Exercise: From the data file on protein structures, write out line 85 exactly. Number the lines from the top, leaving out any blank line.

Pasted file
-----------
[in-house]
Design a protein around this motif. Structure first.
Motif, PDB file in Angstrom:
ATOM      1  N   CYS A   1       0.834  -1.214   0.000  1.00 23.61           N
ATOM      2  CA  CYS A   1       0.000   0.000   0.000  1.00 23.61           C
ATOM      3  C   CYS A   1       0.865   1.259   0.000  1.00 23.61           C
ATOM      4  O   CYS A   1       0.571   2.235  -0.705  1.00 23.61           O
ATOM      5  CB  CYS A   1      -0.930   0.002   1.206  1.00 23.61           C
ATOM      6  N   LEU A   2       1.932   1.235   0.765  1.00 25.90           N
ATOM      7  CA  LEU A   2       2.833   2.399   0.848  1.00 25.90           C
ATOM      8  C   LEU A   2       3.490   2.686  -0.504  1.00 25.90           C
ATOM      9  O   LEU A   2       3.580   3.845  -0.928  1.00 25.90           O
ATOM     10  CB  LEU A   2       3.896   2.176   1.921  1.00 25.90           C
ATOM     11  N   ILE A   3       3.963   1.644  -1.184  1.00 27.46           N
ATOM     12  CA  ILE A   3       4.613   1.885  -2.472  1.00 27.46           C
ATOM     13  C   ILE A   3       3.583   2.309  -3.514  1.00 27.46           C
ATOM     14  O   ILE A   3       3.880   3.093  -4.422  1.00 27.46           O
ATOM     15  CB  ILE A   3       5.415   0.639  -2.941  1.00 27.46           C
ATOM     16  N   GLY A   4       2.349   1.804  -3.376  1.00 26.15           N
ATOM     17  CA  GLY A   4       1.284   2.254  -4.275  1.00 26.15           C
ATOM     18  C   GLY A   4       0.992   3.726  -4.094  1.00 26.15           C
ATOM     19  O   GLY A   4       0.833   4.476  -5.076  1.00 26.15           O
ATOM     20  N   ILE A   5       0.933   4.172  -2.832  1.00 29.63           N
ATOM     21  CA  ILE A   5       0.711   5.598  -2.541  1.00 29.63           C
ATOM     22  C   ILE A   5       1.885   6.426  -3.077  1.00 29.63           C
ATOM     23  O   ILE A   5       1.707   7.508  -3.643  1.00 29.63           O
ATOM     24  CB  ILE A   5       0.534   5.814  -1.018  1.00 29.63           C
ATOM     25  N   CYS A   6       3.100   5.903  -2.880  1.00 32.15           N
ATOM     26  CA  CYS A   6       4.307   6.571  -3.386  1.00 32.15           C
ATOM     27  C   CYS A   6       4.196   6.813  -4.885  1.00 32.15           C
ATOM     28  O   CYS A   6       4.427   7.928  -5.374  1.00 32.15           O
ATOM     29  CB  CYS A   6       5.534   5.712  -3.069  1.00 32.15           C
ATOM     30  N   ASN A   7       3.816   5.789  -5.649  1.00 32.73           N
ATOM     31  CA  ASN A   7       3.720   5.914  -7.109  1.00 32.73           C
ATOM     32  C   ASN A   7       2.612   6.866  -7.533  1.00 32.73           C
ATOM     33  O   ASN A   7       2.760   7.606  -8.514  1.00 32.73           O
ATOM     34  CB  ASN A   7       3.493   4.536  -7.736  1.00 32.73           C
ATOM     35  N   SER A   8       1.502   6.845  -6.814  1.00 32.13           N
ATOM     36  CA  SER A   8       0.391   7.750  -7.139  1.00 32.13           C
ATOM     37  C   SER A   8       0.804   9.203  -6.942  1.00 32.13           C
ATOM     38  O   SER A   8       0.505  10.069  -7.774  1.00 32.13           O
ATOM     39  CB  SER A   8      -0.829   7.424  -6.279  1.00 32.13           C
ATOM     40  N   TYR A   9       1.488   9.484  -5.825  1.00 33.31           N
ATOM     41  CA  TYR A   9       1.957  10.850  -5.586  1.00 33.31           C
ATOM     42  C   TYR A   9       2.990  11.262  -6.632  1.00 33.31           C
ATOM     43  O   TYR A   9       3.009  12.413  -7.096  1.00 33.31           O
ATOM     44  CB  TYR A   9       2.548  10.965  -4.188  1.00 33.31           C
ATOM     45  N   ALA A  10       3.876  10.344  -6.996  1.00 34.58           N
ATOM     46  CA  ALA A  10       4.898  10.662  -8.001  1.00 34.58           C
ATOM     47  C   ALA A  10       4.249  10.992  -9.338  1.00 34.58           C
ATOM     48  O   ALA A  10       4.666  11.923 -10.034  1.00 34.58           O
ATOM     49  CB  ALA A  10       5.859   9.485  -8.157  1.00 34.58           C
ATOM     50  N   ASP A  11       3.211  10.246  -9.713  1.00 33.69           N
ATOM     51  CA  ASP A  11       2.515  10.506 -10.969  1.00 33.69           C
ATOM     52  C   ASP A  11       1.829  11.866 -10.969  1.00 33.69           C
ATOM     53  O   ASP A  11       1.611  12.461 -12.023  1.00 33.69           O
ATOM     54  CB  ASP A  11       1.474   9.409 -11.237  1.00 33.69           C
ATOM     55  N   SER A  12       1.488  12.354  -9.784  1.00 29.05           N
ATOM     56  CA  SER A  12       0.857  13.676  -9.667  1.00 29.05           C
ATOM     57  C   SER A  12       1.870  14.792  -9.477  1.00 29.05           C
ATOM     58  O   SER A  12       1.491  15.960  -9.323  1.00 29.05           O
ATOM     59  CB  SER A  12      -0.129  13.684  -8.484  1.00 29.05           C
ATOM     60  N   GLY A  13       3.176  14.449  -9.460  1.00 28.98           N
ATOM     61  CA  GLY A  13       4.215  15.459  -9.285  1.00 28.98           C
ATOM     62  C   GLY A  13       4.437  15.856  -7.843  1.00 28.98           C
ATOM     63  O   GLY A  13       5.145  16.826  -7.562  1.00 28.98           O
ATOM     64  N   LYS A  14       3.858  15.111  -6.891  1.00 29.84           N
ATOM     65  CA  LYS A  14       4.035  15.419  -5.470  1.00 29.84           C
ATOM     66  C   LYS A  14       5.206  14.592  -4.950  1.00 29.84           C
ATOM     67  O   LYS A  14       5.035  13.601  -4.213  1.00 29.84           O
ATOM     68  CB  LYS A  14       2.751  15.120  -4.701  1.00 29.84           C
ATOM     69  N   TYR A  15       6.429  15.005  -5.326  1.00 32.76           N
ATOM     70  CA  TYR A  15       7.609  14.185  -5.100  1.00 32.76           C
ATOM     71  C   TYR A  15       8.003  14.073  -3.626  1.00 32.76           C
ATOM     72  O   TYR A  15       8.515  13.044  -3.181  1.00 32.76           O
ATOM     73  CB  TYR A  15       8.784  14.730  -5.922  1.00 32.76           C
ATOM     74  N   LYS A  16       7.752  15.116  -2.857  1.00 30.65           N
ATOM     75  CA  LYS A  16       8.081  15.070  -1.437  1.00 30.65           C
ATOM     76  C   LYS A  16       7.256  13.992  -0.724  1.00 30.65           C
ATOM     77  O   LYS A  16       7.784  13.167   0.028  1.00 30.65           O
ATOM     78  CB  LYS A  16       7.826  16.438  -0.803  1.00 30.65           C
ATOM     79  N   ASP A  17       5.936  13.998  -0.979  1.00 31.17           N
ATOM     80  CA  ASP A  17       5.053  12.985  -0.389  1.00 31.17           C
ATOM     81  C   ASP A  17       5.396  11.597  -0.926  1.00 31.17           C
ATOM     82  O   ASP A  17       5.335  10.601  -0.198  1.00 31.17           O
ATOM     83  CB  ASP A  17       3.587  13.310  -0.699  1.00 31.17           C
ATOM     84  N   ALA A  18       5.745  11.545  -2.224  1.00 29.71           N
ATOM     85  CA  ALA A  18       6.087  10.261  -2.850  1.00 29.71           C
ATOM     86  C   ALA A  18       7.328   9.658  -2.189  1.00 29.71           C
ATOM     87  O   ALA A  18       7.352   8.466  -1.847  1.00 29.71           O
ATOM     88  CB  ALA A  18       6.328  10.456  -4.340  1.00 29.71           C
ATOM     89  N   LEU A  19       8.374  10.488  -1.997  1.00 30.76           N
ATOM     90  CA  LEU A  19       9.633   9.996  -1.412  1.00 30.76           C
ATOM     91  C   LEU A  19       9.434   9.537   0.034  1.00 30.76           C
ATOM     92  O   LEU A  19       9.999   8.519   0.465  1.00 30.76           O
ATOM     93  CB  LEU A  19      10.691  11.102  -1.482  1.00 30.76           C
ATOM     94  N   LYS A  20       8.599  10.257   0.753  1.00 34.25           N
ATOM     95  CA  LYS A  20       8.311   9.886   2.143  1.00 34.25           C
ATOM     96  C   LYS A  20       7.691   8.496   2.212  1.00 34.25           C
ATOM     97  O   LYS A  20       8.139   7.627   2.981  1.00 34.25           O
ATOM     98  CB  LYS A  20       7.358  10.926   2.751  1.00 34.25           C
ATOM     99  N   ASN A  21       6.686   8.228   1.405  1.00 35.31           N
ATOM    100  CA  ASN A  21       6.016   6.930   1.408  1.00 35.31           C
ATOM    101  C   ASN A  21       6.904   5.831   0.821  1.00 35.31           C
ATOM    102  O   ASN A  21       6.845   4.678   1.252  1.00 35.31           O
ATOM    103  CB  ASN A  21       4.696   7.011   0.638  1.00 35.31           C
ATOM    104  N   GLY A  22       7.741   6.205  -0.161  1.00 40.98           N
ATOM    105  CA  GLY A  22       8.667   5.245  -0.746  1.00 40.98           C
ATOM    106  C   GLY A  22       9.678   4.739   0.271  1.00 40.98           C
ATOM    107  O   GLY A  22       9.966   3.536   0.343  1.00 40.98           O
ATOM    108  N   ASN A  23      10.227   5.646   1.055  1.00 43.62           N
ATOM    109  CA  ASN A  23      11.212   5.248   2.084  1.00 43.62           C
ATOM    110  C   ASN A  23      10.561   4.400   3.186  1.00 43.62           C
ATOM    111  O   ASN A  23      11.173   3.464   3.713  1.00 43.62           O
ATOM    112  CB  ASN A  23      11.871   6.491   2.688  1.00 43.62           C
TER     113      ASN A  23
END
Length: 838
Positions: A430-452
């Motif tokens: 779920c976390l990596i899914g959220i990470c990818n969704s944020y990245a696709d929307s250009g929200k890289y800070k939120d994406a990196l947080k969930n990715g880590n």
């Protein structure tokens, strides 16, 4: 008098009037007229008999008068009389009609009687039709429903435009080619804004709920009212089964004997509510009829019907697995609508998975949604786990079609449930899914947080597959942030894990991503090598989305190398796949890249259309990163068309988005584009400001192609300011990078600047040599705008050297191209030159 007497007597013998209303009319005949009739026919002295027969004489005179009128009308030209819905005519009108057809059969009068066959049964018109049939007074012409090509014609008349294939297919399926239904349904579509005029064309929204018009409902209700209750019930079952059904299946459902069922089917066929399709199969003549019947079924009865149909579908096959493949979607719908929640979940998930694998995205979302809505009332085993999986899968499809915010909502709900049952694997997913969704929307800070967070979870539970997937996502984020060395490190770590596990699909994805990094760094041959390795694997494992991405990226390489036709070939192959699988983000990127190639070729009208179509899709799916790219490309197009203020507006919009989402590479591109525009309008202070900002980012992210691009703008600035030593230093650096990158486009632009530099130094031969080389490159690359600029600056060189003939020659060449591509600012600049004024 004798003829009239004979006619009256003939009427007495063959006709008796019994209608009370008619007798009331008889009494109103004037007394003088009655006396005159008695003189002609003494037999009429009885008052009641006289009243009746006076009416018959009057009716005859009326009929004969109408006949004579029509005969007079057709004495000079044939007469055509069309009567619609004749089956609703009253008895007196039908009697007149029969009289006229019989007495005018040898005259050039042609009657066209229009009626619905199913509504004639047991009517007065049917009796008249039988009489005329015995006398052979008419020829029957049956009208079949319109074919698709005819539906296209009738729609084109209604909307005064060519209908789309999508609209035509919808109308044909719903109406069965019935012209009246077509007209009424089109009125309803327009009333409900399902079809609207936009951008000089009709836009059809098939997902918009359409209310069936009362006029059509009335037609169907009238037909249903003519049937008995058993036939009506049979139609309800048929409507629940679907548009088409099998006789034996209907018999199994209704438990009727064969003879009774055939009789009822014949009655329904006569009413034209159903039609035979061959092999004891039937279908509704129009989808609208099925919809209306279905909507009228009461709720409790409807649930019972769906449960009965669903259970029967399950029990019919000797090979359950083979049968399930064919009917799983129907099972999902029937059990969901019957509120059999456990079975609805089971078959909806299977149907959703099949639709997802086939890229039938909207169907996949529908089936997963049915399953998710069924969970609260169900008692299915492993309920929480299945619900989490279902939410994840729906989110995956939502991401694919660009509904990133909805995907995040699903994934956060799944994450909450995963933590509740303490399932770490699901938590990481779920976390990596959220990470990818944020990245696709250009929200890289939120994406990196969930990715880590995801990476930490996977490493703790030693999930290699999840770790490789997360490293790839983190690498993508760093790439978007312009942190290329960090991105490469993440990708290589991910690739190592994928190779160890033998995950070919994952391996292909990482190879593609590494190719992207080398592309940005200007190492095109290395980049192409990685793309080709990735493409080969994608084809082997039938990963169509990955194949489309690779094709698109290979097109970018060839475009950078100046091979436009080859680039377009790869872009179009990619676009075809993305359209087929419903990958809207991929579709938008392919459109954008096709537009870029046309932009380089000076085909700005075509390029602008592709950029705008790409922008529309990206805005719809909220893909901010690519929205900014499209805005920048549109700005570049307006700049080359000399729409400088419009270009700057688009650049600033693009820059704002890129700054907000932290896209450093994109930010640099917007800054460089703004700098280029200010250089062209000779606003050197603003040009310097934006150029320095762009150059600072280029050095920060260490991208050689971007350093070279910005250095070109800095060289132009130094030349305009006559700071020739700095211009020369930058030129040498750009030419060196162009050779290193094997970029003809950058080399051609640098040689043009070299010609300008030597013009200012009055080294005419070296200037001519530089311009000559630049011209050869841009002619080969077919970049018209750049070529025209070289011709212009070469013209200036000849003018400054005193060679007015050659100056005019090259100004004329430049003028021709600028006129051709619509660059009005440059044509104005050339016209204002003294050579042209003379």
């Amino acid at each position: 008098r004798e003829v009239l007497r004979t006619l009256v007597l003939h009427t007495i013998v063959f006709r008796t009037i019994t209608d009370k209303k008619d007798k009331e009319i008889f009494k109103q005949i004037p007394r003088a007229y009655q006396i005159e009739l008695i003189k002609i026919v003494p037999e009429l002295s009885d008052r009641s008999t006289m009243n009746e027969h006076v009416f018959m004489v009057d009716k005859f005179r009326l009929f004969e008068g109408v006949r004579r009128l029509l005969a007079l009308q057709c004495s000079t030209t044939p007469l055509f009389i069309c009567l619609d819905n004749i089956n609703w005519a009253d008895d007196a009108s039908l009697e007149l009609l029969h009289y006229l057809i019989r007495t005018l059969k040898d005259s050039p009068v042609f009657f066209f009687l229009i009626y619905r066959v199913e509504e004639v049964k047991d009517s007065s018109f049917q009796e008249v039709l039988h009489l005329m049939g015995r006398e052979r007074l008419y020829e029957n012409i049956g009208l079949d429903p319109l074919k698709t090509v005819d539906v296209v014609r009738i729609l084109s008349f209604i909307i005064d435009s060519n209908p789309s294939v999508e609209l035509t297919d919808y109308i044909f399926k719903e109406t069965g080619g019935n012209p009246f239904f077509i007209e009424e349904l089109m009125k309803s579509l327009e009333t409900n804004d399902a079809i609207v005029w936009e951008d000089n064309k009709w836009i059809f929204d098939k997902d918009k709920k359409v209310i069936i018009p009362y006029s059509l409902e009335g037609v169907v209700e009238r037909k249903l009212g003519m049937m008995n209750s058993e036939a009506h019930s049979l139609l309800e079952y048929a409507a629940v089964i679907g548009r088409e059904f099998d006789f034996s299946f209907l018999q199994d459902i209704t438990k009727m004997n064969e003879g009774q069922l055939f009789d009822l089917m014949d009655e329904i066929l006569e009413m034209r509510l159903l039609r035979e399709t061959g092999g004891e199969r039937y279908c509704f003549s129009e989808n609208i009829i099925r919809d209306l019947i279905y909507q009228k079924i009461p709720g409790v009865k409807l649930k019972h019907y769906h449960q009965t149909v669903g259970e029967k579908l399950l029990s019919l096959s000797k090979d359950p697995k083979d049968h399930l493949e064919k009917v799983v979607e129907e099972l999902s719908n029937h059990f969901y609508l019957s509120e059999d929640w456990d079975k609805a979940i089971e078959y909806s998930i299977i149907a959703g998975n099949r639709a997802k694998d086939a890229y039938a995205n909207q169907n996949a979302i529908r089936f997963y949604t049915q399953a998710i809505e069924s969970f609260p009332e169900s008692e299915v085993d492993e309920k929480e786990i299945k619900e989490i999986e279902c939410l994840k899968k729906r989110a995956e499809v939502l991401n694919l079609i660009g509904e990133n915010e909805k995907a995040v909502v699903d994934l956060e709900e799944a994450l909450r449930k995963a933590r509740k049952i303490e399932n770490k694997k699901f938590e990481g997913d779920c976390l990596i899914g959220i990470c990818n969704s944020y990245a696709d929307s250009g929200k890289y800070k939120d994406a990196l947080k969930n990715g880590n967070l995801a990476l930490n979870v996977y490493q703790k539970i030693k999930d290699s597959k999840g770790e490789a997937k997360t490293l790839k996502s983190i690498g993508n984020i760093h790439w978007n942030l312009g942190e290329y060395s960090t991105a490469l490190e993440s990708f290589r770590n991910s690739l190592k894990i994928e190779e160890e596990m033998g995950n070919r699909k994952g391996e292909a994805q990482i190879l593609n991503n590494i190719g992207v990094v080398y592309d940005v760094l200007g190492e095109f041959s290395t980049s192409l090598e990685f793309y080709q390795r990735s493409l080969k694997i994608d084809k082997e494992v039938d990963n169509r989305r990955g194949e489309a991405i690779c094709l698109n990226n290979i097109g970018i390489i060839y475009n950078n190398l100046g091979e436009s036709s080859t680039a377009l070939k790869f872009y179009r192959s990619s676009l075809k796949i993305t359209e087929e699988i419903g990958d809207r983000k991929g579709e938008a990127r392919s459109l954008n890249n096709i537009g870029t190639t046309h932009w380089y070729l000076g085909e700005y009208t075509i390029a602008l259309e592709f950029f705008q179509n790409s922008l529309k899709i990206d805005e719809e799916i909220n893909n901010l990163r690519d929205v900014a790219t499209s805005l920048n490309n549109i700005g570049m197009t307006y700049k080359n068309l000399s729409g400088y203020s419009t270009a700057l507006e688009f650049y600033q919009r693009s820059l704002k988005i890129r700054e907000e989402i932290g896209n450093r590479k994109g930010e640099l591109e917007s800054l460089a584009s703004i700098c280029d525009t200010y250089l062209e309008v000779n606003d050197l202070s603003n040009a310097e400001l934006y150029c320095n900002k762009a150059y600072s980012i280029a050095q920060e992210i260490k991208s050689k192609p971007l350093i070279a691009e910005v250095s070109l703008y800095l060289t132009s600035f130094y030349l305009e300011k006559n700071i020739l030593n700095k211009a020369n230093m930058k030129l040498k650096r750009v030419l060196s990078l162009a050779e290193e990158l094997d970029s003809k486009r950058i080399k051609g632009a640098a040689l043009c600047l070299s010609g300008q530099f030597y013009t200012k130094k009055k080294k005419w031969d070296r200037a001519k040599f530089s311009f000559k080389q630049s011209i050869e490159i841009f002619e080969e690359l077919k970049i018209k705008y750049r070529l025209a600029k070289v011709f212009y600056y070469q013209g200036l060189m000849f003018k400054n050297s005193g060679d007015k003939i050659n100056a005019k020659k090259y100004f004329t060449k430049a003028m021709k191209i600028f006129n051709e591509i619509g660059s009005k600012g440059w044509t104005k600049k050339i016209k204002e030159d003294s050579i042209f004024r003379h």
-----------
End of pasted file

ATOM     82  O   ASP A  17       5.335  10.601  -0.198  1.00 31.17           O